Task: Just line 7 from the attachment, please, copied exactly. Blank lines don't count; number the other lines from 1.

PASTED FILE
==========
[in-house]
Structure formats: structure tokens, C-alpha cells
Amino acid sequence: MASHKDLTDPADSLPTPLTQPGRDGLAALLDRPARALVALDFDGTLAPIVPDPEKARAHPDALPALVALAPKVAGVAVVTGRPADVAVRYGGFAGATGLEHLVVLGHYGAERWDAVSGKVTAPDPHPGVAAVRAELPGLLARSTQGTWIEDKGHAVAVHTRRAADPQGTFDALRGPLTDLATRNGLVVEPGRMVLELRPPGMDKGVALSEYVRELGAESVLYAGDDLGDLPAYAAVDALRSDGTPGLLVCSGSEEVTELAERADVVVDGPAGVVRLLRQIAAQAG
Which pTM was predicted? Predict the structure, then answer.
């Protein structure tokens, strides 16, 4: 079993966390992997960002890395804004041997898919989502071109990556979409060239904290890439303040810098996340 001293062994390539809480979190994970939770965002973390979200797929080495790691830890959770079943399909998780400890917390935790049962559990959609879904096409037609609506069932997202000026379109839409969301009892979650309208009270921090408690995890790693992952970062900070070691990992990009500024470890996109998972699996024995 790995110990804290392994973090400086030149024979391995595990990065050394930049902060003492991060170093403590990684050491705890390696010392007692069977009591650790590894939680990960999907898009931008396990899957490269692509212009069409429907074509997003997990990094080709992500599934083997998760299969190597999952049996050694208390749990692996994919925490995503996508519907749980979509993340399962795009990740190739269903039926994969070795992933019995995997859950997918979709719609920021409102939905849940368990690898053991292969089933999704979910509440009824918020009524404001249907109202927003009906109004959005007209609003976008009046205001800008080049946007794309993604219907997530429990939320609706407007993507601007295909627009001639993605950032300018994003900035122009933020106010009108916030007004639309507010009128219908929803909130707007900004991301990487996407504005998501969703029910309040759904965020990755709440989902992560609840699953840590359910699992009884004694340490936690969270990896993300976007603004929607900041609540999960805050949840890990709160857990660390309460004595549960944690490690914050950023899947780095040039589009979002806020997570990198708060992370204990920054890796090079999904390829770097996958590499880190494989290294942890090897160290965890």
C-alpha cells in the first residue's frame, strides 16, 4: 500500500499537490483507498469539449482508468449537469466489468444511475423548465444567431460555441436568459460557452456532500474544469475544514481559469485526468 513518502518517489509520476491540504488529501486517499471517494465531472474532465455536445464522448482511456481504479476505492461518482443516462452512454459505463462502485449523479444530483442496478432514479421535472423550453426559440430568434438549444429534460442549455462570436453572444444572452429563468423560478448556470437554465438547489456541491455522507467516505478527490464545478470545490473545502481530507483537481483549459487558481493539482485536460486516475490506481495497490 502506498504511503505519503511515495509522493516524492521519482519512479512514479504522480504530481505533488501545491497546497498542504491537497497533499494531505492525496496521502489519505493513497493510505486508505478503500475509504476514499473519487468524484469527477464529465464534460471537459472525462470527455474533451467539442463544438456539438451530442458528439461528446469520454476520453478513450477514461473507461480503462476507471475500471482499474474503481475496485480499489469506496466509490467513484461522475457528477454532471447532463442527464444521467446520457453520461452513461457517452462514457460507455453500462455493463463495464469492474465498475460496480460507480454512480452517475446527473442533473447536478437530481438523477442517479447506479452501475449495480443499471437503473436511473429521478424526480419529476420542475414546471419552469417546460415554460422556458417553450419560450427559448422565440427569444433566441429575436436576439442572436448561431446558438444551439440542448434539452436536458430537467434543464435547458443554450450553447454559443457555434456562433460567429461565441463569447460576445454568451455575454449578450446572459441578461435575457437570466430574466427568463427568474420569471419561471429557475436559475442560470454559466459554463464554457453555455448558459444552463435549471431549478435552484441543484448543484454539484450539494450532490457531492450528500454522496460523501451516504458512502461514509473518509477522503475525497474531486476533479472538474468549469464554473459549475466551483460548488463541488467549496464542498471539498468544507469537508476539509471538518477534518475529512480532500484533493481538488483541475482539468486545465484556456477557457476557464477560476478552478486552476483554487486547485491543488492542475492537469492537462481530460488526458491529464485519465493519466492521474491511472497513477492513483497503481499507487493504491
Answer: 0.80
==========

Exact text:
Answer: 0.80